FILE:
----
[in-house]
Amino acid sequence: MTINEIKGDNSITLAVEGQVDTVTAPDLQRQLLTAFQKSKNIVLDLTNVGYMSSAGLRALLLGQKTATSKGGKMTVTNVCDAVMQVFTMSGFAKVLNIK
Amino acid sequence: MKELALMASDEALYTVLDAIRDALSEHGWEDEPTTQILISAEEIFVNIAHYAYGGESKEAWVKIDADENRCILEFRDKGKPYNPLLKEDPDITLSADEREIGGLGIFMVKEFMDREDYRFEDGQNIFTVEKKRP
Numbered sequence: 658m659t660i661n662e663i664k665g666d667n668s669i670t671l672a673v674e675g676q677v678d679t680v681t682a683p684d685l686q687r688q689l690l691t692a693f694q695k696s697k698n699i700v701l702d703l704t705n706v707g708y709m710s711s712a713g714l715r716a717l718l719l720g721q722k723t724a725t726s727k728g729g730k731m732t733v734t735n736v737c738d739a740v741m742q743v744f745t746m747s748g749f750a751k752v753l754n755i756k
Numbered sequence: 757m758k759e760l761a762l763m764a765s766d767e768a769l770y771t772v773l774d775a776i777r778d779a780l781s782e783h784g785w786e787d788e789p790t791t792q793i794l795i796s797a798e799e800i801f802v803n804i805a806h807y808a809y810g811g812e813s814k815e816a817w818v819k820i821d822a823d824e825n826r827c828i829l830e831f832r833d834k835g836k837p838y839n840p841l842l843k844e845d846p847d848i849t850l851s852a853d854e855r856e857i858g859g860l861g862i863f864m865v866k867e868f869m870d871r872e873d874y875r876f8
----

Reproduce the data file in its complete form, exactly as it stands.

[in-house]
Amino acid sequence: MTINEIKGDNSITLAVEGQVDTVTAPDLQRQLLTAFQKSKNIVLDLTNVGYMSSAGLRALLLGQKTATSKGGKMTVTNVCDAVMQVFTMSGFAKVLNIK
Amino acid sequence: MKELALMASDEALYTVLDAIRDALSEHGWEDEPTTQILISAEEIFVNIAHYAYGGESKEAWVKIDADENRCILEFRDKGKPYNPLLKEDPDITLSADEREIGGLGIFMVKEFMDREDYRFEDGQNIFTVEKKRP
Numbered sequence: 658m659t660i661n662e663i664k665g666d667n668s669i670t671l672a673v674e675g676q677v678d679t680v681t682a683p684d685l686q687r688q689l690l691t692a693f694q695k696s697k698n699i700v701l702d703l704t705n706v707g708y709m710s711s712a713g714l715r716a717l718l719l720g721q722k723t724a725t726s727k728g729g730k731m732t733v734t735n736v737c738d739a740v741m742q743v744f745t746m747s748g749f750a751k752v753l754n755i756k
Numbered sequence: 757m758k759e760l761a762l763m764a765s766d767e768a769l770y771t772v773l774d775a776i777r778d779a780l781s782e783h784g785w786e787d788e789p790t791t792q793i794l795i796s797a798e799e800i801f802v803n804i805a806h807y808a809y810g811g812e813s814k815e816a817w818v819k820i821d822a823d824e825n826r827c828i829l830e831f832r833d834k835g836k837p838y839n840p841l842l843k844e845d846p847d848i849t850l851s852a853d854e855r856e857i858g859g860l861g862i863f864m865v866k867e868f869m870d871r872e873d874y875r876f8